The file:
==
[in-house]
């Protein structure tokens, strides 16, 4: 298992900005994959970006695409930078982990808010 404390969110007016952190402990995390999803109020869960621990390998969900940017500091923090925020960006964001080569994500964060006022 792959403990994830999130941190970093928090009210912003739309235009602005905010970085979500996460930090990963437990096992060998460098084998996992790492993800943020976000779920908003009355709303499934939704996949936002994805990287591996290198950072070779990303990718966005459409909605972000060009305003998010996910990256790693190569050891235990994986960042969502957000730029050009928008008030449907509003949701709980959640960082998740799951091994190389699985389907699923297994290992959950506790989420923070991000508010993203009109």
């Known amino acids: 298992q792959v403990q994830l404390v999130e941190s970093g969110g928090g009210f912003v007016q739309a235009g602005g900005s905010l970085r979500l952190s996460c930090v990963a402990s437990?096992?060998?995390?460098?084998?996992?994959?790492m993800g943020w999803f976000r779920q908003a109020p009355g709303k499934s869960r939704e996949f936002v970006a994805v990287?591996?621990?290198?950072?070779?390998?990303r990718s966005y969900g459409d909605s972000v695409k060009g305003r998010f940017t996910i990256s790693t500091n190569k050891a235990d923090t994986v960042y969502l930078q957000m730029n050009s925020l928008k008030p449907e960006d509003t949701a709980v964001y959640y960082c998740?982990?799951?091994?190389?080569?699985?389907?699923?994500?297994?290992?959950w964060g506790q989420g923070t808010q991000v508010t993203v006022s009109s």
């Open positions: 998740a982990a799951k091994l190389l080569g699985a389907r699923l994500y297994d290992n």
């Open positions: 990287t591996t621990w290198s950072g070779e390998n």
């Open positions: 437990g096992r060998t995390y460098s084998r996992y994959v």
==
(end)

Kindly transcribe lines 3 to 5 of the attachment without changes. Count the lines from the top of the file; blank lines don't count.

């Known amino acids: 298992q792959v403990q994830l404390v999130e941190s970093g969110g928090g009210f912003v007016q739309a235009g602005g900005s905010l970085r979500l952190s996460c930090v990963a402990s437990?096992?060998?995390?460098?084998?996992?994959?790492m993800g943020w999803f976000r779920q908003a109020p009355g709303k499934s869960r939704e996949f936002v970006a994805v990287?591996?621990?290198?950072?070779?390998?990303r990718s966005y969900g459409d909605s972000v695409k060009g305003r998010f940017t996910i990256s790693t500091n190569k050891a235990d923090t994986v960042y969502l930078q957000m730029n050009s925020l928008k008030p449907e960006d509003t949701a709980v964001y959640y960082c998740?982990?799951?091994?190389?080569?699985?389907?699923?994500?297994?290992?959950w964060g506790q989420g923070t808010q991000v508010t993203v006022s009109s």
């Open positions: 998740a982990a799951k091994l190389l080569g699985a389907r699923l994500y297994d290992n």
């Open positions: 990287t591996t621990w290198s950072g070779e390998n």